We weren’t quite sure what to expect, as we took our seats in the small, yet inviting, church of St Phillips in Earl’s Court. Yet after an expectant hush had settled, the stage was set for our performers.
In filed the singers: all dressed elegantly in black, with the girls done up with red ribbons to represent the colours of the Bulgarian flag. They were introduced to us as the vocal ensemble ‘Peregrina Enchantica’, aptly led by the traditional Bulgarian Singer, Zory Burner. The name comes from the Peregrine, their young travelling thousands of miles to raise a family in a territory of their own, just as Peregrina’s music attempts its own journey through time and space. What’s striking about her compositions is that they lend new excitement to the authentic, pre-Renaissance chants. Her compositional focus is about sharing Bulgarian music history and culture with the wider tapestry of London.
Burner is a singer/songwriter from Bulgaria, originally from Veliko Tarnova. She believes music is about being unique and expressive. In 2008, she moved to London, having spent 10 years studying music theory in her homeland, where she was part of a Bulgarian orthodox choir for seven years. This gave her the grounding to go on with her extraordinary voice and create her own, individual music.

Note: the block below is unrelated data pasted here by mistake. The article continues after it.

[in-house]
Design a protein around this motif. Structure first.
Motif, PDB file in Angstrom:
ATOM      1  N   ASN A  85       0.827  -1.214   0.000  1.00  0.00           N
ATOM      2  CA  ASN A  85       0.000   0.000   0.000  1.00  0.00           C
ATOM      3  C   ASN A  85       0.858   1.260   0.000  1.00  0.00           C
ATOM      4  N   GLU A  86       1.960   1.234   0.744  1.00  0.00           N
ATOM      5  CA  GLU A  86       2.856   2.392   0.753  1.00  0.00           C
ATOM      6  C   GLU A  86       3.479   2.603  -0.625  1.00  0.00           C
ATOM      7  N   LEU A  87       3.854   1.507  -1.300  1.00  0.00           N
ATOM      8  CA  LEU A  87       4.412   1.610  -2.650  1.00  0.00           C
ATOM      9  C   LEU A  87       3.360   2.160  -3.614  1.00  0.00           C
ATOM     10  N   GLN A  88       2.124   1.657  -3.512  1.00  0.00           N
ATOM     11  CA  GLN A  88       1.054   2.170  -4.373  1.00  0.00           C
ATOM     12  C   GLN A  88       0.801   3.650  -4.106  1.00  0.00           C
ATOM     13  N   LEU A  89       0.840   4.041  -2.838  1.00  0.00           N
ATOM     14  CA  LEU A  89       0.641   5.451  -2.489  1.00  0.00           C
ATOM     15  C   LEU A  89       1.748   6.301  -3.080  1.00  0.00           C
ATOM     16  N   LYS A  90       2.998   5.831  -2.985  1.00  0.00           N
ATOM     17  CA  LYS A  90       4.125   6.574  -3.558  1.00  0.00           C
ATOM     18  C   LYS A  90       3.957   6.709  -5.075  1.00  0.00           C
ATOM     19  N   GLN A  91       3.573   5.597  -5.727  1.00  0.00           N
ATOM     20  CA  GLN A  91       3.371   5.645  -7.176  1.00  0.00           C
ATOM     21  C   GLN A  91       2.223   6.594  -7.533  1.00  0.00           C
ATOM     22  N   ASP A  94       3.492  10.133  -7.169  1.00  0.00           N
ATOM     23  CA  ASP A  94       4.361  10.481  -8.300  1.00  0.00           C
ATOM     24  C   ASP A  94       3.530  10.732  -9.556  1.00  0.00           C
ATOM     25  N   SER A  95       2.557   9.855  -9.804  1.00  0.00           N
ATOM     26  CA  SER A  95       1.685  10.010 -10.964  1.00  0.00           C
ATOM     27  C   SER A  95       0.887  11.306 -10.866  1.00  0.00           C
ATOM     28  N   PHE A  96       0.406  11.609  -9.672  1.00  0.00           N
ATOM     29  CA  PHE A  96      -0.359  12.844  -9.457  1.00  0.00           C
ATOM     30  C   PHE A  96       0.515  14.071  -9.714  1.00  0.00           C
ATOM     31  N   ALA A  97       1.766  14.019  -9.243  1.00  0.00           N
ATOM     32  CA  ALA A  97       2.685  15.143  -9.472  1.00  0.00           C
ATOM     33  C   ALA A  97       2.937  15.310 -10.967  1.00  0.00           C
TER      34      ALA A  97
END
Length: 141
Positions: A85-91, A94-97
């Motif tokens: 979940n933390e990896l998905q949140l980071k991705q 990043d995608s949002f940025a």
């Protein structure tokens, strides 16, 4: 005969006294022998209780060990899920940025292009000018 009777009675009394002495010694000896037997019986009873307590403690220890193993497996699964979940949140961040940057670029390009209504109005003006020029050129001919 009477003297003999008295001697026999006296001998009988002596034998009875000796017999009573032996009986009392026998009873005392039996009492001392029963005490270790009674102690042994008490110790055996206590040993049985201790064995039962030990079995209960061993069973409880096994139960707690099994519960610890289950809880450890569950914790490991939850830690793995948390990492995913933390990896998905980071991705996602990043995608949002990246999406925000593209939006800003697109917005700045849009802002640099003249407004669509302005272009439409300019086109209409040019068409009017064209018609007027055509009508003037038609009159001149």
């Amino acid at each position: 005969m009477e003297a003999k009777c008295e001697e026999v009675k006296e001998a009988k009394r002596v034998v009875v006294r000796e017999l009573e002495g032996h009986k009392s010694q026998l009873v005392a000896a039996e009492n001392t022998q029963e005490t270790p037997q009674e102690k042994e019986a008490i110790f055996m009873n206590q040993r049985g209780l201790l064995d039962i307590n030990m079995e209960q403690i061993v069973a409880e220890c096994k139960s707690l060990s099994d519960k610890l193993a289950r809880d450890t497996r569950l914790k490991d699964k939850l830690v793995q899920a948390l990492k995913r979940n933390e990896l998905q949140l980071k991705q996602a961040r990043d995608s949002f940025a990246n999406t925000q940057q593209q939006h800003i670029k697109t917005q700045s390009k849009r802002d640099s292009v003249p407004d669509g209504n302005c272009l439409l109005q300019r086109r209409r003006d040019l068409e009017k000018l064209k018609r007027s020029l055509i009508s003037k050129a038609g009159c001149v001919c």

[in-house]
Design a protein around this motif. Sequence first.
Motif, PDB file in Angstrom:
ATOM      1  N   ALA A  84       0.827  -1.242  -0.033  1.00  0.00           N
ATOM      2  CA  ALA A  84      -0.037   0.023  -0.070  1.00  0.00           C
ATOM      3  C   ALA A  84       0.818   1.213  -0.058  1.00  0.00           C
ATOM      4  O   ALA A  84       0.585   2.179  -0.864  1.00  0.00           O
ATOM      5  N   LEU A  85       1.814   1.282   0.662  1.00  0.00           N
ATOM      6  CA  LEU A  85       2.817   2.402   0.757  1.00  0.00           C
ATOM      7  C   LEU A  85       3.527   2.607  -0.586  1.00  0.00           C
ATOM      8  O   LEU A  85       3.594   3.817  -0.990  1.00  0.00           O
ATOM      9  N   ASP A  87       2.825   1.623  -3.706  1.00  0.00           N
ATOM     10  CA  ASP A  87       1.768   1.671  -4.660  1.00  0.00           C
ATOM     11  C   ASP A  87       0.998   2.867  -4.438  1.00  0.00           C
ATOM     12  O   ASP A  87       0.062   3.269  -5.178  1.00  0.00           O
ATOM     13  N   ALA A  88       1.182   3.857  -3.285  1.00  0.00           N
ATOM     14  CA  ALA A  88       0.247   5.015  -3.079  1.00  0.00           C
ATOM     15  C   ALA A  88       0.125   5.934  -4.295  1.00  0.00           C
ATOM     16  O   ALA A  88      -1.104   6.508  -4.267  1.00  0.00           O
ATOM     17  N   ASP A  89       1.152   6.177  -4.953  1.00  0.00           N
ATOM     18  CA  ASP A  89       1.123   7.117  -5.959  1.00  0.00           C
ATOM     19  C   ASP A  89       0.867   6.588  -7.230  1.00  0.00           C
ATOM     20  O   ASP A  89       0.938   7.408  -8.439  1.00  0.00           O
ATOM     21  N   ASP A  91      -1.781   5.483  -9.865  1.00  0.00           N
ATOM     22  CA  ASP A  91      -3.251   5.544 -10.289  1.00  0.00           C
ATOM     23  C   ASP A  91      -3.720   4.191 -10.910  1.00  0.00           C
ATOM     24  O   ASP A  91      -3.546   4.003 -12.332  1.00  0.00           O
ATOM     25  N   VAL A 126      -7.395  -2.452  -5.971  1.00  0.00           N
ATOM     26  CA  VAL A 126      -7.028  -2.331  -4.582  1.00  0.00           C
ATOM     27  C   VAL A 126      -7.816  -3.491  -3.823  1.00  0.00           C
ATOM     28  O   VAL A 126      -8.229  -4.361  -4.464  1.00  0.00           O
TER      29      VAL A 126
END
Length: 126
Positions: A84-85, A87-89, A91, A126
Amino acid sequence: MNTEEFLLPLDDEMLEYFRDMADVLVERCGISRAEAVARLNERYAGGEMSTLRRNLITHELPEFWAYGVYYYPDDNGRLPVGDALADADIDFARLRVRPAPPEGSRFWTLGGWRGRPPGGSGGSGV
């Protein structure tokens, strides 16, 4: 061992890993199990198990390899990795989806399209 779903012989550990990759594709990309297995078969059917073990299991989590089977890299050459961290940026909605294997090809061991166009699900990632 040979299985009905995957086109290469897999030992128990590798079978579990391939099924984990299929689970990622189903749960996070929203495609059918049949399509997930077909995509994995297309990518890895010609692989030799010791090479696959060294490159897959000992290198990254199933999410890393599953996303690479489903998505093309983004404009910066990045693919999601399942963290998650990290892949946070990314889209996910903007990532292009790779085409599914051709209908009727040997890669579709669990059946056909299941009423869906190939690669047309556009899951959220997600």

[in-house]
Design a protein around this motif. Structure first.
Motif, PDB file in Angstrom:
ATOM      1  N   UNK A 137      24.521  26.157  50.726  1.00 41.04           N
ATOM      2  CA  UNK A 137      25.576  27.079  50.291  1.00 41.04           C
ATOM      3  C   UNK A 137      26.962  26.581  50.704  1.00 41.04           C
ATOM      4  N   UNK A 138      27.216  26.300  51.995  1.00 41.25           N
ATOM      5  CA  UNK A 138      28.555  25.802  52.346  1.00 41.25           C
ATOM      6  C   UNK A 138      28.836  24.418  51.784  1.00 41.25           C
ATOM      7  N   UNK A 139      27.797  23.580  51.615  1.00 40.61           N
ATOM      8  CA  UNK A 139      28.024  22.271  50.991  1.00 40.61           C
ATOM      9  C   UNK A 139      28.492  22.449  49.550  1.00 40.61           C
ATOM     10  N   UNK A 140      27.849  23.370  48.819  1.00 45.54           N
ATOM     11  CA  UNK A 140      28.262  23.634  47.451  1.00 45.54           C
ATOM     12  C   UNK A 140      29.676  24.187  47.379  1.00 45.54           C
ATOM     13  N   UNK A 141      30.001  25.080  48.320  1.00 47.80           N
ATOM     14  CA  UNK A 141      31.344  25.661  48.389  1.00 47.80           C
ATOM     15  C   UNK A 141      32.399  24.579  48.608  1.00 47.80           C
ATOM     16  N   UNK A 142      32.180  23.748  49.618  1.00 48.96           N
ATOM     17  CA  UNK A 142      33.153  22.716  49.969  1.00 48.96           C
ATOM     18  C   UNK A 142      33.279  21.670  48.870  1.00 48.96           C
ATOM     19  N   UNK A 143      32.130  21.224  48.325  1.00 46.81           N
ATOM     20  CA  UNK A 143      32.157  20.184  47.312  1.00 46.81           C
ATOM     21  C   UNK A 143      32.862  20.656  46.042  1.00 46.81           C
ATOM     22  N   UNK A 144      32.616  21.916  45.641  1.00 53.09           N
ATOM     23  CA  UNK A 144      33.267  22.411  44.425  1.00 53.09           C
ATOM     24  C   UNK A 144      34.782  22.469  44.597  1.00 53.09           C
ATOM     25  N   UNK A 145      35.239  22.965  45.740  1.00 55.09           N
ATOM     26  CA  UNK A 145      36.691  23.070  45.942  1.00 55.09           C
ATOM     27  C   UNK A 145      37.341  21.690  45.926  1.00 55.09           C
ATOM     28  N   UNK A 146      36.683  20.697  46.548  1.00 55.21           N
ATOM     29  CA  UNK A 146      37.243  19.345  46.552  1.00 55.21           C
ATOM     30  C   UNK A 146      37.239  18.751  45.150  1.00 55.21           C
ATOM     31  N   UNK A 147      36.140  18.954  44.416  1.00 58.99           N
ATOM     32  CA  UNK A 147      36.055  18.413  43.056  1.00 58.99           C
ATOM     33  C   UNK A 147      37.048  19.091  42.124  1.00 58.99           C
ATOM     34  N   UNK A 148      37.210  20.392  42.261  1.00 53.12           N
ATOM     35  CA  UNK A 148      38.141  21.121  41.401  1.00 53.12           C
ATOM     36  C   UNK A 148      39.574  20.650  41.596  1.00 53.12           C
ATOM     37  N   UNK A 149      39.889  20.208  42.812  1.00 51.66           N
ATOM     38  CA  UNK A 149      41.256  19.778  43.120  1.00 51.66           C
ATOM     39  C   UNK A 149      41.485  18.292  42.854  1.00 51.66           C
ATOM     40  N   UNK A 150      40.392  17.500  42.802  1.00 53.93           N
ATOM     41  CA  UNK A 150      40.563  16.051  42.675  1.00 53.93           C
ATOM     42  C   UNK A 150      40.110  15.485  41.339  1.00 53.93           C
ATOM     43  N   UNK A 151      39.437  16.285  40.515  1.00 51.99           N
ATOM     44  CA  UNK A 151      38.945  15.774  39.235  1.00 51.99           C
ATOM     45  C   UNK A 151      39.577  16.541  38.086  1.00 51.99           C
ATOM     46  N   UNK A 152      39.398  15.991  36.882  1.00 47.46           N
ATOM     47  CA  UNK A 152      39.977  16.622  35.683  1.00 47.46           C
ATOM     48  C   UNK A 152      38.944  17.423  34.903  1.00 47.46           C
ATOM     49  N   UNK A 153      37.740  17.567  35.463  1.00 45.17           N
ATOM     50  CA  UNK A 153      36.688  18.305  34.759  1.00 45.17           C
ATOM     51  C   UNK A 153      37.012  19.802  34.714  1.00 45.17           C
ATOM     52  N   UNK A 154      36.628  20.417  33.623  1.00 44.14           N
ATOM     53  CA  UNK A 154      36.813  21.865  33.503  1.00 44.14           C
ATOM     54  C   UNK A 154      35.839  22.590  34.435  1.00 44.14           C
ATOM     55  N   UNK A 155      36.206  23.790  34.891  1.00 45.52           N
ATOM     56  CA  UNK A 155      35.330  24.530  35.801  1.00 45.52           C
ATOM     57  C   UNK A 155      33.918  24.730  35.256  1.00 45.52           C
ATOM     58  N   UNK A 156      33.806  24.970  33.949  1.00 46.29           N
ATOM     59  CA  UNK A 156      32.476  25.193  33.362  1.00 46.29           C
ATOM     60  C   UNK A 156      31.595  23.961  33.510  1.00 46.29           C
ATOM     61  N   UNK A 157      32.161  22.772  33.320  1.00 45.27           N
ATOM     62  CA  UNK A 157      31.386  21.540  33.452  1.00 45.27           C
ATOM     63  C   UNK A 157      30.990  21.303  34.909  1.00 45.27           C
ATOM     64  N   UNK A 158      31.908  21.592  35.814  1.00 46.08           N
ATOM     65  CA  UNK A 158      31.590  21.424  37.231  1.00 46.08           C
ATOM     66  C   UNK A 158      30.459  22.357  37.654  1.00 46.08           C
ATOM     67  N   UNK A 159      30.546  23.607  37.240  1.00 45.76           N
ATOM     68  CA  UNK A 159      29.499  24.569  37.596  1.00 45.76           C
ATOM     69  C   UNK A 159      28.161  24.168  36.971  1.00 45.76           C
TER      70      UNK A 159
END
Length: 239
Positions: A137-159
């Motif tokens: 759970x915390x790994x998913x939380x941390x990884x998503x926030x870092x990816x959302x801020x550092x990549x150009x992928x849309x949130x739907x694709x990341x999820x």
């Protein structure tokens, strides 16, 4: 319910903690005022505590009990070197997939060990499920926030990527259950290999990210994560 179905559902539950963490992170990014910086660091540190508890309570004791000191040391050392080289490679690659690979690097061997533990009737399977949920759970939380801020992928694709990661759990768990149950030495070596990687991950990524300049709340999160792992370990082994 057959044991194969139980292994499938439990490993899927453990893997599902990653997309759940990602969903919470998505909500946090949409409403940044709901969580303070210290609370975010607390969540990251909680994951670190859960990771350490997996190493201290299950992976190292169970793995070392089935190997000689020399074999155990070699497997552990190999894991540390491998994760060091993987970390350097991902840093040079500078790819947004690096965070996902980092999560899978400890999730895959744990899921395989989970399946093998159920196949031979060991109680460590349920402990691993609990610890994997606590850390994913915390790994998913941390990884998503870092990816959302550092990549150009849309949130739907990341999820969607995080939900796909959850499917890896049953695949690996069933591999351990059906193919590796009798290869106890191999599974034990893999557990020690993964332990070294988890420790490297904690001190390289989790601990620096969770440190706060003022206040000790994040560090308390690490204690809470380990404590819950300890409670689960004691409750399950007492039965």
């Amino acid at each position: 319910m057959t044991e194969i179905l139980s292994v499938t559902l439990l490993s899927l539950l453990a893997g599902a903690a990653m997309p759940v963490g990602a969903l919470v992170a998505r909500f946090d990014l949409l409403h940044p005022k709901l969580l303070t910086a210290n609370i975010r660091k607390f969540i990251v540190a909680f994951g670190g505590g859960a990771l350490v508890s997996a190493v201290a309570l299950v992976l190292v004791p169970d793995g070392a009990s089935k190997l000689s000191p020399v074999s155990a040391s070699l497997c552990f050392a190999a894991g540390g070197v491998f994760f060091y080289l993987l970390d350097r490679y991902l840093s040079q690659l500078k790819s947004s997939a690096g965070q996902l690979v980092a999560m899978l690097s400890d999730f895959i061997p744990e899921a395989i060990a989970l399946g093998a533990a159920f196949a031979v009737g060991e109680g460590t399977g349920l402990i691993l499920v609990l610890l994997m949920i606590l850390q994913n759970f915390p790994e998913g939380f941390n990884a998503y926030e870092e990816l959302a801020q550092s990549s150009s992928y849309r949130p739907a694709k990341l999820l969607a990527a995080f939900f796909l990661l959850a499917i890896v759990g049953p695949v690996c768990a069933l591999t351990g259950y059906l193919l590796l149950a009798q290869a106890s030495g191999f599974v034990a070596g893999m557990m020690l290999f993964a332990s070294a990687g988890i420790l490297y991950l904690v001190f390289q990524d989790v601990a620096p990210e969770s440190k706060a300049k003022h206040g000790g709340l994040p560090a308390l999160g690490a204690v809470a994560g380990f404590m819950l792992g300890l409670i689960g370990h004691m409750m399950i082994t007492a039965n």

The melodious sound of the gospel singers was intertwined with the haunting beat of a drum in the background, to great effect. This fusion of genres is typical of Burner’s style, along with her ability to create a haunting feel to her music.
Her influence she states as the great pre-renaissance Byzantine music combined with Bulgarian folklore, thus fusing an exotic element with local culture.
This can be seen in her use of the 7 quavers in a bar melody, something common in traditional Bulgarian music. The effect was one of escape: her choral background combined with the heady rhythm of the drums made for a vivid performance.
One of the most distinctive features of Balkan folk music is the complexity of its rhythms in relation to Western music along with its unique harmony and vocal production. Burner has put her voice to good use, too. Indeed, Peregrina’s first single, ‘Sub Dio’ (2015) was released in support of the UK National Bird Vote Campaign.
Particularly enjoyable was ‘Look Up’, a harmonious song that encourages us city-dwellers to appreciate our natural surroundings, wherever we are. Her inspiring work for the natural environment was complimented by lectures from attending speakers such as Mark Avery on the importance of saving wildlife – in particular the Hen Harrier, nearly extinct in England. She worked closely with David Lindo to help get people involved with the National Bird Vote, in 2015.
All in all, an enlightening evening. Zory will be performing in upcoming concerts in the area throughout the following year – I recommend that Bulgarian aficionados and music enthusiasts alike go listen for themselves.
More information about Peregrina Enchantica is available by clicking on the image below.